From my article in American Thinker, Everything that Counts


Just as Piketty’s task is distorted by the focus on categories instead of real people, so is his categorization of the “average” rate of return, which is critical to his thesis that investment returns are greater than economic growth and thus inevitably a source of growing inequality.

Averages are often misleading and irrelevant.  A six-foot man can drown crossing a river with an average depth of four feet.  A man with one foot in the freezer and one foot in the oven is not comfortable just because the average temperature is normal.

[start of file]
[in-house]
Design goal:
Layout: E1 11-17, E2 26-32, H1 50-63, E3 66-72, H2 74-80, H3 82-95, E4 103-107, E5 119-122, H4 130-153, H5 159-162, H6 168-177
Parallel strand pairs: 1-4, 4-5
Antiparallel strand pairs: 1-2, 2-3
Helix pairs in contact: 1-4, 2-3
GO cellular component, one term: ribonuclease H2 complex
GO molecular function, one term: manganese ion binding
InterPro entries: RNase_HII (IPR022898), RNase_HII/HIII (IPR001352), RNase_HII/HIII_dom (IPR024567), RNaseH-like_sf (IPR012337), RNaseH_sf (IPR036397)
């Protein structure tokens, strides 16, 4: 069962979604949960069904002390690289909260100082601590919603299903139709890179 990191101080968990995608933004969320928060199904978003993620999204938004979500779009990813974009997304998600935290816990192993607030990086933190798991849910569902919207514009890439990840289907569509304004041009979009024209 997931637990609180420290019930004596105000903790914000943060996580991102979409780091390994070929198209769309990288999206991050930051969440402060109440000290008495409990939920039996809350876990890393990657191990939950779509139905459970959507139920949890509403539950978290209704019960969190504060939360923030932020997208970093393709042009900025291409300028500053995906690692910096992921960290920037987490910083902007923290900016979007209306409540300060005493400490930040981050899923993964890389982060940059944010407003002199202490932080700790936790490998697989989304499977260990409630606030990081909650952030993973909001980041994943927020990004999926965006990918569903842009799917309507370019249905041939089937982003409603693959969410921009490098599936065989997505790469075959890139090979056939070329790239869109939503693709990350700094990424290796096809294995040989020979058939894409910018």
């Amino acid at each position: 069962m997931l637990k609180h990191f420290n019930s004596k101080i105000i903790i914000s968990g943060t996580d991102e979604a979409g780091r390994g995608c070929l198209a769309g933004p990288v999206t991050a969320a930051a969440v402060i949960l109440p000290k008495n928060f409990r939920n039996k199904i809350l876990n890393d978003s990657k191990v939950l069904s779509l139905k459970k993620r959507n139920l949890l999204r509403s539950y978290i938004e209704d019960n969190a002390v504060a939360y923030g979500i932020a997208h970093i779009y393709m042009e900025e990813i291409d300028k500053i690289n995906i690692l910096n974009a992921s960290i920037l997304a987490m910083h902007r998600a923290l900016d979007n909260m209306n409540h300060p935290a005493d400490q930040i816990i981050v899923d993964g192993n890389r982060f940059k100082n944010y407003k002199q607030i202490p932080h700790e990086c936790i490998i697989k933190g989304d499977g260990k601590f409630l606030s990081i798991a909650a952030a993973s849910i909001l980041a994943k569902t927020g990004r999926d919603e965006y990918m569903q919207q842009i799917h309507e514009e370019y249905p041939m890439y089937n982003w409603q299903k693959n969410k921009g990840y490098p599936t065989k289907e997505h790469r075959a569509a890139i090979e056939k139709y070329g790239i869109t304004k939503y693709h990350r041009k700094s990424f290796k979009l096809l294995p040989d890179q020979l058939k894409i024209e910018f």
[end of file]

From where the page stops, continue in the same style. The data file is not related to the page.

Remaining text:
Within the average return on capital are the hugely successful and the bankrupt.  But that return is what drives capital to socially productive purposes.  Efforts to centrally influence or control the flow of capital can have disastrous ramifications, as we observed during the mortgage collapse.


Think how much the capital markets would change if every investor was guaranteed a 5% return vs that chance or opportunity to make a 500% return or lose everything. Averages in this case tell us nothing.